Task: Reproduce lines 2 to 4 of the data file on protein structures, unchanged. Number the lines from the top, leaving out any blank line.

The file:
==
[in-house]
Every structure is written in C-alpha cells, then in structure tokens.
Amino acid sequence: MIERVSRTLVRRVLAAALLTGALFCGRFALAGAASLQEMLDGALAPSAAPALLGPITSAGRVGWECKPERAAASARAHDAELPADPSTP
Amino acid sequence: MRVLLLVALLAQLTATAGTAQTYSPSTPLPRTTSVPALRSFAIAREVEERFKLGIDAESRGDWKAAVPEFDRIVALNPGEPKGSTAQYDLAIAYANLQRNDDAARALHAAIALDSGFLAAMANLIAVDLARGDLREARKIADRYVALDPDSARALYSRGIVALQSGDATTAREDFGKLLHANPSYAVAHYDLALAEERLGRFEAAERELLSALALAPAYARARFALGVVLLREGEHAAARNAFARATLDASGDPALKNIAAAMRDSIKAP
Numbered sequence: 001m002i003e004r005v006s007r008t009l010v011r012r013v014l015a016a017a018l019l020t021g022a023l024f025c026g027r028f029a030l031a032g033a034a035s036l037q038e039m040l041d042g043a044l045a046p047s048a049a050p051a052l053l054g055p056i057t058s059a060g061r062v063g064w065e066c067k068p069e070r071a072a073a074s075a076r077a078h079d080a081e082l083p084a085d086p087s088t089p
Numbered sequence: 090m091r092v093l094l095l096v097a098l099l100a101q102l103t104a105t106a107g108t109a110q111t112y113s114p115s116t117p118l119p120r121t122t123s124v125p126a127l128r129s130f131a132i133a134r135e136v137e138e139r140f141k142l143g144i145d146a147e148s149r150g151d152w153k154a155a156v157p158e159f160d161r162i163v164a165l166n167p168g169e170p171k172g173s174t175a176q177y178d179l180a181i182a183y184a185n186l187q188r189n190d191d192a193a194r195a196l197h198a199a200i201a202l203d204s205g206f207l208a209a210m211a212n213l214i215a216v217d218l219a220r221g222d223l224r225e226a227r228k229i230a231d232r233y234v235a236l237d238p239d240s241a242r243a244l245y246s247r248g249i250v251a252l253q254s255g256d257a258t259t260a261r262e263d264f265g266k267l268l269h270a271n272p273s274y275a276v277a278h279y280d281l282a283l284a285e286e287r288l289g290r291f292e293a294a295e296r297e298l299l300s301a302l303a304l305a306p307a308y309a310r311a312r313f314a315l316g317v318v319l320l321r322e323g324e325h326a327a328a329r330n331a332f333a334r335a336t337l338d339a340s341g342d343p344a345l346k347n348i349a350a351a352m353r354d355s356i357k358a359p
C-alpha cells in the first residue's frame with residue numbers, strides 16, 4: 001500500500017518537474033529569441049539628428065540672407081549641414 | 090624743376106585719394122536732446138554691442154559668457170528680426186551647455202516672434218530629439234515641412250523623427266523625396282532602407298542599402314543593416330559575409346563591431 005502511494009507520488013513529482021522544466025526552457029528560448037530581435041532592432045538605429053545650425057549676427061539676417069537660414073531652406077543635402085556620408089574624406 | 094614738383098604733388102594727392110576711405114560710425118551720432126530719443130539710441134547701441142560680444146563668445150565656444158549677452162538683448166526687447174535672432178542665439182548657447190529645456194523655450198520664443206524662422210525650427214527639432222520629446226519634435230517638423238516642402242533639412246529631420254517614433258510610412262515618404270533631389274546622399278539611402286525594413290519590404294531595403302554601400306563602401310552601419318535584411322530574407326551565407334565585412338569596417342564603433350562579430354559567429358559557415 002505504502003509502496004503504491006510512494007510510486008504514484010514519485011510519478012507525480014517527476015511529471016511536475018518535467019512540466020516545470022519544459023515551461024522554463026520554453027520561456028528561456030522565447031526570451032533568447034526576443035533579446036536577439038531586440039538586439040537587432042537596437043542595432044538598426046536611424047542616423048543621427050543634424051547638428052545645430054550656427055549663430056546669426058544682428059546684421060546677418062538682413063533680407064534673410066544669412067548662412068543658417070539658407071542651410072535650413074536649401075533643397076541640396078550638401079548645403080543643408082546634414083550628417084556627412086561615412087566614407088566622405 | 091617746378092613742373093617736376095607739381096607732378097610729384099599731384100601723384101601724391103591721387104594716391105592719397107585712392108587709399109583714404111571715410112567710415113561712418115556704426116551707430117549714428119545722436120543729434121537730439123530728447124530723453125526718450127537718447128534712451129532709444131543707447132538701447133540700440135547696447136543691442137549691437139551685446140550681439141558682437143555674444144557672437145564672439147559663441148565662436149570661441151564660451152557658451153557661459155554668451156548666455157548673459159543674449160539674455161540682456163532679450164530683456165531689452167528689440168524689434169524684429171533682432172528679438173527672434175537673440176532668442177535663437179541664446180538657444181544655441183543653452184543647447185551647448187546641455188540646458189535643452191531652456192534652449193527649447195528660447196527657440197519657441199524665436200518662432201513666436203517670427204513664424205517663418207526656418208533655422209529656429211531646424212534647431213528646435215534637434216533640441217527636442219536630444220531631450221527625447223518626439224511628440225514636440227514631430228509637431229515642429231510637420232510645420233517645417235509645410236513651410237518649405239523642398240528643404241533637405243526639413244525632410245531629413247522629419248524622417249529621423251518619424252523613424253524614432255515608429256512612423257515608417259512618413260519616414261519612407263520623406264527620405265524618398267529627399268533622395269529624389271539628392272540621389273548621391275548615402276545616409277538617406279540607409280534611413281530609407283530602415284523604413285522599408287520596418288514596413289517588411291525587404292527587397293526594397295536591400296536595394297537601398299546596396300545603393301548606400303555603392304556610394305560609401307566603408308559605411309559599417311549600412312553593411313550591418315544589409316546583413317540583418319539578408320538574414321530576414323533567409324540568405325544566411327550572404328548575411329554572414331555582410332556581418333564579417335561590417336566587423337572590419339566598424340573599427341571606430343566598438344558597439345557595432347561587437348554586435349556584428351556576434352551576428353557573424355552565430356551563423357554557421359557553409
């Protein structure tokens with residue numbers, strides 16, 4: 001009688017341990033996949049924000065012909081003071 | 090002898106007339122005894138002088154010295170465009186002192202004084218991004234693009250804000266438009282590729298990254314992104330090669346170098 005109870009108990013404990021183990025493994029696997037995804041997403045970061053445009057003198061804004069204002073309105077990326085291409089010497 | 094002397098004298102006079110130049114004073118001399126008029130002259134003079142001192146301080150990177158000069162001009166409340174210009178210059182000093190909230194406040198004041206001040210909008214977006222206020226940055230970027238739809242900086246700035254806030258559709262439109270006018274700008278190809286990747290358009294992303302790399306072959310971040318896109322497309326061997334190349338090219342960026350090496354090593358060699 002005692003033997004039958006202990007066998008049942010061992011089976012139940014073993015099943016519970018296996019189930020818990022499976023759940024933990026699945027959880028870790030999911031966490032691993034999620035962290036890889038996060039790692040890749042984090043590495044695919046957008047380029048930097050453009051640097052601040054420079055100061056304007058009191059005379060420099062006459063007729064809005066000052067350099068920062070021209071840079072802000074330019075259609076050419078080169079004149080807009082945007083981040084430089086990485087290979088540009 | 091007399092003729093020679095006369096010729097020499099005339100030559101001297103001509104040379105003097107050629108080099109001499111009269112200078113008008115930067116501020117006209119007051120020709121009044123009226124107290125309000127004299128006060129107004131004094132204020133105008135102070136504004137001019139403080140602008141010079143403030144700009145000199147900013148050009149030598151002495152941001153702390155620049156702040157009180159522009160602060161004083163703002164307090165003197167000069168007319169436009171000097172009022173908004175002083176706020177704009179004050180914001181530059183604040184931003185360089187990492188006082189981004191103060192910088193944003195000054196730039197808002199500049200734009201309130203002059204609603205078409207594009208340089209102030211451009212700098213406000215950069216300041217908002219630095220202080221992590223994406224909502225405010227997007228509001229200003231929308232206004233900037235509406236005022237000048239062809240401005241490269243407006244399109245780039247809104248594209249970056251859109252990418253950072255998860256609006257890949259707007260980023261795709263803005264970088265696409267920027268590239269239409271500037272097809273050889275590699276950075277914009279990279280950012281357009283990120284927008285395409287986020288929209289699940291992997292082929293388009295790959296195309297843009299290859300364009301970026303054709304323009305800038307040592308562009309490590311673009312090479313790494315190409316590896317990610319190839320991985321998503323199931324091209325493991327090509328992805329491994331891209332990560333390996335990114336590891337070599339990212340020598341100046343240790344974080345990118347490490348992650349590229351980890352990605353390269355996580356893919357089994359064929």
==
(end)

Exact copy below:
Every structure is written in C-alpha cells, then in structure tokens.
Amino acid sequence: MIERVSRTLVRRVLAAALLTGALFCGRFALAGAASLQEMLDGALAPSAAPALLGPITSAGRVGWECKPERAAASARAHDAELPADPSTP
Amino acid sequence: MRVLLLVALLAQLTATAGTAQTYSPSTPLPRTTSVPALRSFAIAREVEERFKLGIDAESRGDWKAAVPEFDRIVALNPGEPKGSTAQYDLAIAYANLQRNDDAARALHAAIALDSGFLAAMANLIAVDLARGDLREARKIADRYVALDPDSARALYSRGIVALQSGDATTAREDFGKLLHANPSYAVAHYDLALAEERLGRFEAAERELLSALALAPAYARARFALGVVLLREGEHAAARNAFARATLDASGDPALKNIAAAMRDSIKAP